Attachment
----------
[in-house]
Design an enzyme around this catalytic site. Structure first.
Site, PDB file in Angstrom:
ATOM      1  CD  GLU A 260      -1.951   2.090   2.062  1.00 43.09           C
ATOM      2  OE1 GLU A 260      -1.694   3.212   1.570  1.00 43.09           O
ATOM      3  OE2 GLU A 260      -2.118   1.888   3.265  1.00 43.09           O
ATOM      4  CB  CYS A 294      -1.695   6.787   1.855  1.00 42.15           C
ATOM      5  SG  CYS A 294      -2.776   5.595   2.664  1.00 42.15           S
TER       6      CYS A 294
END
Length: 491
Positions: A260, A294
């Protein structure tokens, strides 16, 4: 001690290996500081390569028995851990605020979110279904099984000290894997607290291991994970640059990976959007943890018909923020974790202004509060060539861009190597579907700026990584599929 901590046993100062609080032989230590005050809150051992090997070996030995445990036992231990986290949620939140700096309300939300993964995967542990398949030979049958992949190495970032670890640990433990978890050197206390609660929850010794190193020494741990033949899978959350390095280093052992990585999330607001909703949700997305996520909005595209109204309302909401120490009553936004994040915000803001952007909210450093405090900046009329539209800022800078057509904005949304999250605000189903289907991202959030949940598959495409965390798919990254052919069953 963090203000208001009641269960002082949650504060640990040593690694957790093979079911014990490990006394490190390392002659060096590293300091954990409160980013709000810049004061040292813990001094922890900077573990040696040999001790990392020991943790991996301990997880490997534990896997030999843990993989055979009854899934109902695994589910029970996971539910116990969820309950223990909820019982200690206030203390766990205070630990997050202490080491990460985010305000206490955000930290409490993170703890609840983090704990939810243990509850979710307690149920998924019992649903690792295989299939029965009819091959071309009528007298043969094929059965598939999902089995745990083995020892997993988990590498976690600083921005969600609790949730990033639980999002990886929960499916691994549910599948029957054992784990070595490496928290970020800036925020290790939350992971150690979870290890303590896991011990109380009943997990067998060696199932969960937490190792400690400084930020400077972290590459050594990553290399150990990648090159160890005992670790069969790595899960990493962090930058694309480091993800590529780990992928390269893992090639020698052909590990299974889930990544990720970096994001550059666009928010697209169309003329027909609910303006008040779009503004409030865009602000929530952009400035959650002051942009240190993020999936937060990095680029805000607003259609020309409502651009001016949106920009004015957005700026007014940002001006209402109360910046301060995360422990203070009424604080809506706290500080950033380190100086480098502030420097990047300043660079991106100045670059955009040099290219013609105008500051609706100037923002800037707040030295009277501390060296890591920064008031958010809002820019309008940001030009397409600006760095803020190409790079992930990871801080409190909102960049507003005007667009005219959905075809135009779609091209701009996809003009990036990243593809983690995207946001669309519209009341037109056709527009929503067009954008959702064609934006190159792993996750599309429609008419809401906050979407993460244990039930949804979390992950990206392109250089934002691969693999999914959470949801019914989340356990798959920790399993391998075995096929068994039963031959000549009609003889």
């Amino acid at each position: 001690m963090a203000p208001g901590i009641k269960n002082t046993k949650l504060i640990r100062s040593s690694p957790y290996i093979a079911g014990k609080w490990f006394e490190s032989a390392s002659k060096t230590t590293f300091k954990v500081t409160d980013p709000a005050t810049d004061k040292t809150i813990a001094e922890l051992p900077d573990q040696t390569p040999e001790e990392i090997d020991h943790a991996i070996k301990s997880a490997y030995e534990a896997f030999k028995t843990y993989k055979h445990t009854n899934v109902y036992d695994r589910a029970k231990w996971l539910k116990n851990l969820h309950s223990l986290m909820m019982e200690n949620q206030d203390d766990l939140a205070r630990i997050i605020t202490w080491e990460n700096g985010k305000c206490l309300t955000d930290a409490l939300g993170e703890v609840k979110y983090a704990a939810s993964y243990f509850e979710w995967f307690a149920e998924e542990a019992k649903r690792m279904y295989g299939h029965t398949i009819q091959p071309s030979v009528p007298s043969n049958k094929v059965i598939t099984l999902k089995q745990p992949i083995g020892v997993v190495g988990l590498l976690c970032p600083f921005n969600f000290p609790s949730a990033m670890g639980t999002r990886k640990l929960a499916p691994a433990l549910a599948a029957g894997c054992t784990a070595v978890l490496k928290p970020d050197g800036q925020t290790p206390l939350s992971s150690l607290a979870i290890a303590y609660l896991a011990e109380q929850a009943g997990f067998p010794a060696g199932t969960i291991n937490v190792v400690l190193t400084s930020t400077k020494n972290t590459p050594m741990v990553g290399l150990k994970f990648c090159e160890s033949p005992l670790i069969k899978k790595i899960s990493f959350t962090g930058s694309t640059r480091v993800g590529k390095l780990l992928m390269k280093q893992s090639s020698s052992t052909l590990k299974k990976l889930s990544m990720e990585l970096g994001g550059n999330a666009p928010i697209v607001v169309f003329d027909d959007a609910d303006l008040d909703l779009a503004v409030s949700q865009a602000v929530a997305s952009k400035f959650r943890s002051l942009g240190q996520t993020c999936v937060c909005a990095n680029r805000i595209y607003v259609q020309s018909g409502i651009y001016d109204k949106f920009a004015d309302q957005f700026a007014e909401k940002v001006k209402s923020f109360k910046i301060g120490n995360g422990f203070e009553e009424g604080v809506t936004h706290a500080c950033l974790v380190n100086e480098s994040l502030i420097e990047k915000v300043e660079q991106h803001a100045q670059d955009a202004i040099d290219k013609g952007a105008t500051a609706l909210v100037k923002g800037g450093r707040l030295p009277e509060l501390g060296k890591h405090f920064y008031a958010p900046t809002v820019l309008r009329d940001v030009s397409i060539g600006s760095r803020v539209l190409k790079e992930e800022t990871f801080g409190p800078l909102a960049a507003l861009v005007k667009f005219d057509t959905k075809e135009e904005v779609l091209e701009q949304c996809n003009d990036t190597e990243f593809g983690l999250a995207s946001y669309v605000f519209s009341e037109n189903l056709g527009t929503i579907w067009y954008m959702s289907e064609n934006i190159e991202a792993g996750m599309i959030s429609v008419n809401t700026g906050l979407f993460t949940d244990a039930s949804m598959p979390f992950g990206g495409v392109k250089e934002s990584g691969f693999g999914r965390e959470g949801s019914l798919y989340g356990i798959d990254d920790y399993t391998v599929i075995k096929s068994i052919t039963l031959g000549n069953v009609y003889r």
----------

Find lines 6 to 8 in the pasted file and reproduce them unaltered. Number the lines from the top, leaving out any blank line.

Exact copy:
ATOM      3  OE2 GLU A 260      -2.118   1.888   3.265  1.00 43.09           O
ATOM      4  CB  CYS A 294      -1.695   6.787   1.855  1.00 42.15           C
ATOM      5  SG  CYS A 294      -2.776   5.595   2.664  1.00 42.15           S